Jul 26, 2022Liked by Sara Hendren

Hi Sara, definitely have a lot of thoughts on this. I believe the classes you're teaching are Olin classes? Looking back on my experience on campus, I think it was difficult sometimes to have conversations because we had so little grounding in any sort of "humanities" literature, and as such words or ideas got thrown around without even a shared understanding of what things mean; e.g., if we're talking about "intersectionality," what are we actually talking about? Whose ideas are we invoking when we use that word?

Building off of the idea of readiness, one thing that I've found helpful in my post-Olin intellectual life is to view the act of reading a text as an encounter between you and a piece of writing, one which has an intellectual genealogy that you probably aren't yet aware of, and whose ideas have also been taken up by others towards various ends, some of which you may agree with and some of which you may not. The ZPD is actually sort of an interesting example of this. In my grad classes, Vygotsky was fairly contentious because he was known to apply his own theories toward ends that were pretty racist (or at least Eurocentric), and that generated a lot of discomfort with the idea of aligning oneself with his theories. At the same time, if you read up on Vygotsky, you find that he was also quite Marxist in his beliefs, and that the ZPD was part of his broader theory of the mind as inherently based in social and intersubjective meaning-making. Today, many of the scholars in my field doing crucial, justice-oriented work are broadly "Vygotskian." These facts can't be summed up into a single satisfying conclusion, but I've found it comforting to view each writing as part of a broader historical context and body of work, one that we can explore in search of a clearer sense of meaning.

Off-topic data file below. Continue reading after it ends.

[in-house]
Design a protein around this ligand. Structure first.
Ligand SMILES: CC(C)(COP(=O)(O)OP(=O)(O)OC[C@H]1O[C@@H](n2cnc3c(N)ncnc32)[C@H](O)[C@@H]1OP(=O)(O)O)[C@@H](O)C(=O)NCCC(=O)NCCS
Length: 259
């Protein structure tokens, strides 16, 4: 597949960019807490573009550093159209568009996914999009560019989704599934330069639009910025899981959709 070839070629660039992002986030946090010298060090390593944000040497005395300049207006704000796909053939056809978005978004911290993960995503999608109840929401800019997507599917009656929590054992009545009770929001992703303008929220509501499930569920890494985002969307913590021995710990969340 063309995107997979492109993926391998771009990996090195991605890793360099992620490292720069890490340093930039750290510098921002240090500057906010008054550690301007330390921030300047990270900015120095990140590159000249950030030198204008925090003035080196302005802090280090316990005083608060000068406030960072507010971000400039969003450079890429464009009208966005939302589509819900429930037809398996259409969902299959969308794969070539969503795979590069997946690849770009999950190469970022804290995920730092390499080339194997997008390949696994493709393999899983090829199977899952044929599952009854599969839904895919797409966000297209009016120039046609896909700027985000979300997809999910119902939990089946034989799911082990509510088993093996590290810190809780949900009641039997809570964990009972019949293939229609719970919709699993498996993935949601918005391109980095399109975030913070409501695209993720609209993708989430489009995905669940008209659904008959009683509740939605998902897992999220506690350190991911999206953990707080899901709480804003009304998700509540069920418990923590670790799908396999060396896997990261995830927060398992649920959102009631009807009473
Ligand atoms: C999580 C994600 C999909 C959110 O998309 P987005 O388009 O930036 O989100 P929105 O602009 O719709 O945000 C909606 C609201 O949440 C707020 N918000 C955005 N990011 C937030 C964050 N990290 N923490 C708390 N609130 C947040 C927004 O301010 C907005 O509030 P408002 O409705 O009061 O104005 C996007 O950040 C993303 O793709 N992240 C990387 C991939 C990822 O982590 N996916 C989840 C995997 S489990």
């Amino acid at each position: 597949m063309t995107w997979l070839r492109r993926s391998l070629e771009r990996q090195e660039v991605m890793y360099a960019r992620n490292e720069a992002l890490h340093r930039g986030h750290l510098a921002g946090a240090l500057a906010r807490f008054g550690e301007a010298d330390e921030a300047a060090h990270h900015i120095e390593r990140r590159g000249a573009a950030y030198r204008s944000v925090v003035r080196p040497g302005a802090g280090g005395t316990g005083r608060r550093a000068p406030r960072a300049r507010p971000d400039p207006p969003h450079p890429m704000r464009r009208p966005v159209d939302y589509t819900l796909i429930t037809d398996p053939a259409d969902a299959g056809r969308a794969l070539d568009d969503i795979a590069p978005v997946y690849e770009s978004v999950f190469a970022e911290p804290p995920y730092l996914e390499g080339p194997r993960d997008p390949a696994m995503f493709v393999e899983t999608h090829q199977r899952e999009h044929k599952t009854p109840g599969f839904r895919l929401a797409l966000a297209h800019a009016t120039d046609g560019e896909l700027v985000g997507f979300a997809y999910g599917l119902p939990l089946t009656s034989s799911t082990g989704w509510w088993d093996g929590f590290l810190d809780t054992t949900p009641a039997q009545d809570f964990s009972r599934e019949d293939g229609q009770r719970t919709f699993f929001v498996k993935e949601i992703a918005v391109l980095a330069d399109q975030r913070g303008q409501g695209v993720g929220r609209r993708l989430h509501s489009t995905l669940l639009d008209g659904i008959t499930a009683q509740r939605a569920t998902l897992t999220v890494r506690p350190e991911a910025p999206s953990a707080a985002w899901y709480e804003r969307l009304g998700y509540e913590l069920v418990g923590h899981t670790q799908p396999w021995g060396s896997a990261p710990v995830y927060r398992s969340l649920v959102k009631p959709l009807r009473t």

Sorry for the long response; very interested to hear how the classes go. Hope you're doing well!

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Matt, it's so great to hear from you, and you are tracking along with all the things on my mind! You are absolutely right that at Olin we don't have enough shared humanities-speak, so our terms get diffuse and meaningless pretty fast. This post is in part an aim to correct that, at least in my own classes. And I didn't know this about Vygotsky, but of course it's no surprise that there are objectionable ideas among his many ideas in general. And as you say, this is the heart of the matter: can we disentangle people from their ideas? Can we imagine that we ourselves will be "read" in the future with an eye toward our own many shortcomings? I blogged about scholar Tyler Roberts's notion of "critical assent" (linked below)—just the idea that we can hold our misgivings intact while also assenting to some set of ideas in our search for what seems true, or true in part enough to contend with in a serious way, without glib dismissal. Roberts cites Hans Gadamer's reminder that "the text which is read (merely) historically is forced to abandon its claim to be saying something true." So—I'm hoping that we can manage both this fall at Olin: reading with criticality and with provisional-enough assent to discover insight. Miss talking with you! Thanks for showing up here.


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